This is another of series arrests or pleas that the feds have reached in their increasing efforts to stop criminal copyright violations under the Copyright Act. Although copyright violations, large scale ones, are a major problem in the cyberspace, they are not nearly as dangerous of the problems that hackers and cyber-criminals pose to the critical infrastructure that almost all of the United States businesses rely on (which network do you think your bank uses to transmit info between branches?)
Although large amount of attention is paid to often teenage copyright violators who are arrested by brave officers, arraigned, and put to jail, very little attention is paid to serious networks of zombies, for example, that have the potential and capability to bring down a major Internet server, or worse. It seems like such intense federal efforts are driven by a deep-pocket interest in the United States, in the current case - the entertainment industry. Shouldn’t other deep pockets such as banks, utility companies, and ISPs join hands in lobbying Congress and the federal agencies in DC to step-up the true "criminal" threat online?
A new type of cyberfraud is on the rise - click fraud. Google and Yahoo are among the leading providers of advertising links, usually targeted to the audience based on the contents of a page (see below for example of Google’s AdSense/AdWords ads.) Newsweek has an article about the rise of "click fraud" and how Google and Yahoo are struggling to adjust the definition of "good-faith click," their policies, and methods of preventing this new type of fraud.
One of the major goals for the Internet advertisers is to figure out how to measure "real" clicks and filter out scripts or other software or devices that simulate clicks and run the bill for some innocent advertiser. Because advertisers pay based on number of clicks, there are many instances where an advertiser pays a premium dollar for highly sought keyword (can be as much as $12 per click for ‘refinance,’ for example) only to find that the clicks did not result in any meaningful traffic or leads. Google, Yahoo, and others are afraid that this rise in fraud may scare advertisers off to other media such as TV or print.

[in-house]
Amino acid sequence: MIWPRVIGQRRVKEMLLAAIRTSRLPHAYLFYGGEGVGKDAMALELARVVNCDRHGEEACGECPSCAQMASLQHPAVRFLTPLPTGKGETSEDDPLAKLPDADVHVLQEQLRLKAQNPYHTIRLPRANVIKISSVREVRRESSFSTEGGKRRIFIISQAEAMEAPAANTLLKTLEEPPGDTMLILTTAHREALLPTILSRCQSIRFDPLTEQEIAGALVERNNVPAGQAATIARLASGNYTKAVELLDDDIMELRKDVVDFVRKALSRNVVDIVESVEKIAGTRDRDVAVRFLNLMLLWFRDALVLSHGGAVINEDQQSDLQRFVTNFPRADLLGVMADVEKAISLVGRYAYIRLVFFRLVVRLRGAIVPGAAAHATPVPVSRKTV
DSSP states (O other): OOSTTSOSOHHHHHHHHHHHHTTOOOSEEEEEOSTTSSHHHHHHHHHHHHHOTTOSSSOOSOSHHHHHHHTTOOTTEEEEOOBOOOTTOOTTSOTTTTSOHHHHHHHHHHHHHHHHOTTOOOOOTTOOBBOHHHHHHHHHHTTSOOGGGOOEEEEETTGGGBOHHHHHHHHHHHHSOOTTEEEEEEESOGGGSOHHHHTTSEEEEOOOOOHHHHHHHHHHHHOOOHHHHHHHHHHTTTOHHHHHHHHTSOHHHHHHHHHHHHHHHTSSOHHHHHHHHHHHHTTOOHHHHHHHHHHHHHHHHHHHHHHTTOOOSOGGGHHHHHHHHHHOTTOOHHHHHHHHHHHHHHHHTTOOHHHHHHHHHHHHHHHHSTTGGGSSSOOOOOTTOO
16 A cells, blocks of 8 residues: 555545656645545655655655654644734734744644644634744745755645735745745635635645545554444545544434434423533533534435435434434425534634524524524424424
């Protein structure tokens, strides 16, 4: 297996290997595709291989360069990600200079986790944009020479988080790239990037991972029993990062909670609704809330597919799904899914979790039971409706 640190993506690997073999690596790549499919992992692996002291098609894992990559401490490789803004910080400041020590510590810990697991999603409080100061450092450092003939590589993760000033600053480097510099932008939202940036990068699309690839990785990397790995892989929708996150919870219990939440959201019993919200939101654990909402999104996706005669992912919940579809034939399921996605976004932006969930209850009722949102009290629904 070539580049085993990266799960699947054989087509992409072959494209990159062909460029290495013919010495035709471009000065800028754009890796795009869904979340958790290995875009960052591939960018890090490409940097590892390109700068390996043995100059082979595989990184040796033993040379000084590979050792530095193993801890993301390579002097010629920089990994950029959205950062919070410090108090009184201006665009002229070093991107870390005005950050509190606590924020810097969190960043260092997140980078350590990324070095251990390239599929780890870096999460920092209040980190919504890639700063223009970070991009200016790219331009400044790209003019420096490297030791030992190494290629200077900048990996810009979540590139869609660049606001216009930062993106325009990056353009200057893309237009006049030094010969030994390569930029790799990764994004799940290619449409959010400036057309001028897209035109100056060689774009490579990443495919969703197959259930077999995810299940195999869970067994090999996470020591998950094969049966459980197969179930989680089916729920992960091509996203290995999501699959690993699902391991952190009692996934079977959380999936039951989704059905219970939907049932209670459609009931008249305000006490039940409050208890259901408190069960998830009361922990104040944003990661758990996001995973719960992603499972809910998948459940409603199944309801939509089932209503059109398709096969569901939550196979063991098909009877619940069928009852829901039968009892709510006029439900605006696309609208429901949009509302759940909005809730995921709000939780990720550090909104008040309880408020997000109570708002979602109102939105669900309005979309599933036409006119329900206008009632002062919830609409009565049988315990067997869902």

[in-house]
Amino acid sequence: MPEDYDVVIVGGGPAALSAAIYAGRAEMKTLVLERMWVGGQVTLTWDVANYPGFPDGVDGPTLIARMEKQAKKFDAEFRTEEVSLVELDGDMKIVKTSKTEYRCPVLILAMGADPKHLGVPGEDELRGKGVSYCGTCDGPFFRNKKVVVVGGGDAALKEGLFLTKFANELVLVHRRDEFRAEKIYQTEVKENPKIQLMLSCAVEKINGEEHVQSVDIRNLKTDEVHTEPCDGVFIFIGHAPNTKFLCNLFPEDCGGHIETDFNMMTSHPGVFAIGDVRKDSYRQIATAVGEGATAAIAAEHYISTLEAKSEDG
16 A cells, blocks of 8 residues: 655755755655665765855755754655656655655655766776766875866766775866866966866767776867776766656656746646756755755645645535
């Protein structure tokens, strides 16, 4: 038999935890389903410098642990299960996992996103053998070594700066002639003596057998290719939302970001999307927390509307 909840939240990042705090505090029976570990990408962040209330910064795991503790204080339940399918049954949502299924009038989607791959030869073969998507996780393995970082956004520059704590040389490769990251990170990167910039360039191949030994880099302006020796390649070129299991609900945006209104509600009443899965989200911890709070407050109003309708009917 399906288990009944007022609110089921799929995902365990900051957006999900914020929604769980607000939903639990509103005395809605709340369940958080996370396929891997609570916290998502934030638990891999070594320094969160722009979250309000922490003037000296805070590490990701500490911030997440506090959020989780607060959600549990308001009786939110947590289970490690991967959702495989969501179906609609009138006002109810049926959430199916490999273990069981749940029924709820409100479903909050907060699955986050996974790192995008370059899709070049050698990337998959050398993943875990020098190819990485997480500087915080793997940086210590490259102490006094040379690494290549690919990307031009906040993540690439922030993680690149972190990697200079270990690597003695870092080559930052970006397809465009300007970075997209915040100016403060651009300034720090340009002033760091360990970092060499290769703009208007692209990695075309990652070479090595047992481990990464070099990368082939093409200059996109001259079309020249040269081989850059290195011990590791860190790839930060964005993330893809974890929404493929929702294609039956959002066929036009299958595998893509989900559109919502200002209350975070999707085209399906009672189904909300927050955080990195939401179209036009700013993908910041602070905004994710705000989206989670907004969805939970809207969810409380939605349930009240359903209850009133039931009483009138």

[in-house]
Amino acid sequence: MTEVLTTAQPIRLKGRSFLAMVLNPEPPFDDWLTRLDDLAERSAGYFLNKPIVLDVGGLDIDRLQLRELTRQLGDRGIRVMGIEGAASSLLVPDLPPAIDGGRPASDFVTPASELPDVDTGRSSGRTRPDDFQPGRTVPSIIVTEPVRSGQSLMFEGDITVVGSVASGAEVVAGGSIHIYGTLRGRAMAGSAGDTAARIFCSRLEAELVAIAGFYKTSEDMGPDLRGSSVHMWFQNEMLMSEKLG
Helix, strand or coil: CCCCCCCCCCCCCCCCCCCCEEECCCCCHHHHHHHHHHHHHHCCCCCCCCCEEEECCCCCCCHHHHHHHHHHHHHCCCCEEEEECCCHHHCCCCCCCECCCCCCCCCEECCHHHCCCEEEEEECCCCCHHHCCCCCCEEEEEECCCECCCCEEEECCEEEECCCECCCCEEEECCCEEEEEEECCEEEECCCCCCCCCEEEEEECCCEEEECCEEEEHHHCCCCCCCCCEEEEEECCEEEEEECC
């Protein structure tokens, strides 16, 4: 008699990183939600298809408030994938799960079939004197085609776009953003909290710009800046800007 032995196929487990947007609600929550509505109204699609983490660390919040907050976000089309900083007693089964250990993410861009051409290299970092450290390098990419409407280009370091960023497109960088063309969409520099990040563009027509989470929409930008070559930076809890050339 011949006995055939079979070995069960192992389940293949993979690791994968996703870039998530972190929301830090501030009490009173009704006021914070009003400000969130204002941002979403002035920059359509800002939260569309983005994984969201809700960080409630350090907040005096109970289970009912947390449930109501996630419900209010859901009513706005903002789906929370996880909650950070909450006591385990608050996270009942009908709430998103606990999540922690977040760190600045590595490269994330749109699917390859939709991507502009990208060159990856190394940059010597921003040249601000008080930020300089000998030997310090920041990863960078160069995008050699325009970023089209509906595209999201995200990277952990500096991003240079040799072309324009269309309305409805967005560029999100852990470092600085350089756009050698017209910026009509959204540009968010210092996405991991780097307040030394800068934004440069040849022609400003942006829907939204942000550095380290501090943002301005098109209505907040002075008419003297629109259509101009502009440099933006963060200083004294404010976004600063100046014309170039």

Based on stories of small advertisers or web site operators who spend $100 on an AdWords budget and see their budget disappear in dubious clicks, it seems like Google and Yahoo should get serious about a major revamp on how they detect fraudulent clicks and protect their advertisers who pay per click. For example, one of the methods Google uses currently is to track the IP address of the "clicker" and then match this against other clicks from this IP within certain intervals. I suspect that this information is also included in some "expected" clicks algorithm that should try to "guess" whether the clicks was real or not (by real I mean ‘good-faith’ click with the purpose of obtaining more information about the good/service offered.)
Another way AdWords is abused is for competitors to "click" on each other’s advertisements, trying to "zero" each other’s advertising balances. With increased methods and tactics of ad-clicking, this starts to look like a cyber-war between tech-savvy competitors where Google (or Yahoo, or other companies) are providing the weapons and the battlefield. The increased sophistication of the fraudsters is demonstrated by how they use zombie computers or worms all over the Internet to generate false "clicks" so that Google’s fraud detection technology can be fooled as the traffic would seem to come from different and geographically separated machines.
How big is this problem? It is big. According to Newsweek it is a $9B per year market and if the rise in click fraud continues, it is likely that this pie will shrink dramatically.
Texas’ Attorney General sued in federal court on Monday trying to stop and impose civil penalties against two individuals who allegedly sent unsolicited email worldwide through their companies PayPerAction and LeadPlex. The Texas AG charges that the two individuals used as many as 250 assumed business names to send emails with misleading subject lines; under the CAN-SPAM Act the subject line must clearly indicate that the email is an advertisement. CAN-SPAM doesn’t prohibit sending advertising email but it requires it to confirm to some specific requirements, among which is that the subject line clearly identify that the contents is commercial, that there be no misleading or fraudulent content, among others.